Liverpool natives the Wombats, a headlining band in their own right across the pond, began the evening with a short but spirited set. “So it’s 90 percent humidity?” frontman Matthew Murphy asked the crowd early on before churning out a series of equally warm yet welcoming singles. Because the crowd was still filing in, Coral Sky Amphitheatre was only around half capacity — a shame considering the quality of the show by the three-piece.
If the Wombats were a new thrill for fans in attendance, the same could not be said for the Pixies, an old flame that still burns brightly for so many listeners. When Black Francis and company took the stage, so did the history of modern alternative and indie rock. In addition to icons such as the Cure, David Bowie, Michael Jackson, and Prince, the Pixies are arguably one of the top five most influential acts of the past 30 years. Without them, we wouldn't have Nirvana or Radiohead; indeed, the entirety of the early-'90s alt-rock renaissance wouldn't have occurred.
It’s telling that a venerated and beloved band such as the Pixies, who have been around longer than some of the fans in attendance have been alive, gets second billing to Weezer. The Pixies' songs never exactly caught fire with the general public, but they caught the ear of the right people, namely fellow musicians such as Weezer and the Wombats. They also inspired a legion of loyal fans, many of whom came to the show Friday night as a pilgrimage.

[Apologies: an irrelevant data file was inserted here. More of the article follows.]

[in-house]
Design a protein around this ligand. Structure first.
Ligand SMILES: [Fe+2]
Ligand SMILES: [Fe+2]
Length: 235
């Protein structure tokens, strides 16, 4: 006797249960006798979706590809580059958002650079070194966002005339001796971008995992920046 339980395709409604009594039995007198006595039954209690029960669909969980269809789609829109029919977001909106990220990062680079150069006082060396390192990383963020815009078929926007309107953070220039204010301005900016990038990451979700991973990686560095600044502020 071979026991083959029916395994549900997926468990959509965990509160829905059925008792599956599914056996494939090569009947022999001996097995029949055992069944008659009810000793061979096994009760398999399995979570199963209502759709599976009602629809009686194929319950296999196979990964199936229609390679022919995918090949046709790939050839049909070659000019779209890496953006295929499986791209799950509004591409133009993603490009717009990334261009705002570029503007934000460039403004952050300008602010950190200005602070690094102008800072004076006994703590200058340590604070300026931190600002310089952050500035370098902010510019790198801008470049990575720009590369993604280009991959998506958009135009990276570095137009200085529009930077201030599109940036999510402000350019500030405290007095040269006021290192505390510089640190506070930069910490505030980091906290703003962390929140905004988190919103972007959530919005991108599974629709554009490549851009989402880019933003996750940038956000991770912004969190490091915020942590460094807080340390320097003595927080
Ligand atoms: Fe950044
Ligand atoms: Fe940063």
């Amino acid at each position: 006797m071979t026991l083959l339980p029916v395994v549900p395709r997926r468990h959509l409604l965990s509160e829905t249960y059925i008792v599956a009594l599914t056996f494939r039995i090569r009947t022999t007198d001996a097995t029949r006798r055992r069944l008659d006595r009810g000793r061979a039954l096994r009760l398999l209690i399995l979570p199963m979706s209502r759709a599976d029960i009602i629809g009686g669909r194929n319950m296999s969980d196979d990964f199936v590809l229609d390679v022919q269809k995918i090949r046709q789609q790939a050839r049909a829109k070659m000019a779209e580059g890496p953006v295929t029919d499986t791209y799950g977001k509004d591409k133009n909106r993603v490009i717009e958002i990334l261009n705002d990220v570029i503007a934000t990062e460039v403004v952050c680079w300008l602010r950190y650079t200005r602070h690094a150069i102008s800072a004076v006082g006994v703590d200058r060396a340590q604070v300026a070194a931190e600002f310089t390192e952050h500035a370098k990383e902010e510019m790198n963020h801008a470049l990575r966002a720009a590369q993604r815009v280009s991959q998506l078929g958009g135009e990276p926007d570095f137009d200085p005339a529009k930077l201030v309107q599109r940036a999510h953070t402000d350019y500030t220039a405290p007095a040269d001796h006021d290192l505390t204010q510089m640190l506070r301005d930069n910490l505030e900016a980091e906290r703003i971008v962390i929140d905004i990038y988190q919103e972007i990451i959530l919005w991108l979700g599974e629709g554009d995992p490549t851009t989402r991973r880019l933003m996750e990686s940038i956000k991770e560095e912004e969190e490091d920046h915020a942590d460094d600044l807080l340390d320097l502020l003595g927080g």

Though some attendees treated the Pixies as beautiful, crunching background noise, everyone in their seats and on the lawn stood at attention for one of the few legitimately huge rock bands still left in the industry.
Weezer emerged from behind a veil that dropped to reveal a stage designed to look like a garage, where the band began its career. The set had hints of the high school from their Happy Days-inspired video for “Buddy Holly.” It was the first big visual hint that the band was going old-school in more ways than one.
online Twitter campaign by fans.
Cuomo is the new Dick Clark, the never-aging teenager, if Clark had sung songs about girls and hash pipes and the inability to stop partying. The Weezer frontman went through three costume changes, all representing his different levels of partying, beginning with a shirt and tie, then a Weezer soccer jersey, and finally a rad jean jacket.
Amid all of the evening’s nostalgia, the Pixies and Weezer taught a lesson on the evolution of modern rock while also showing why they are both hugely influential in the lives of thousands of bands that have and will come after them.
Best of all, they showed the kids how a proper rock 'n' roll show is done.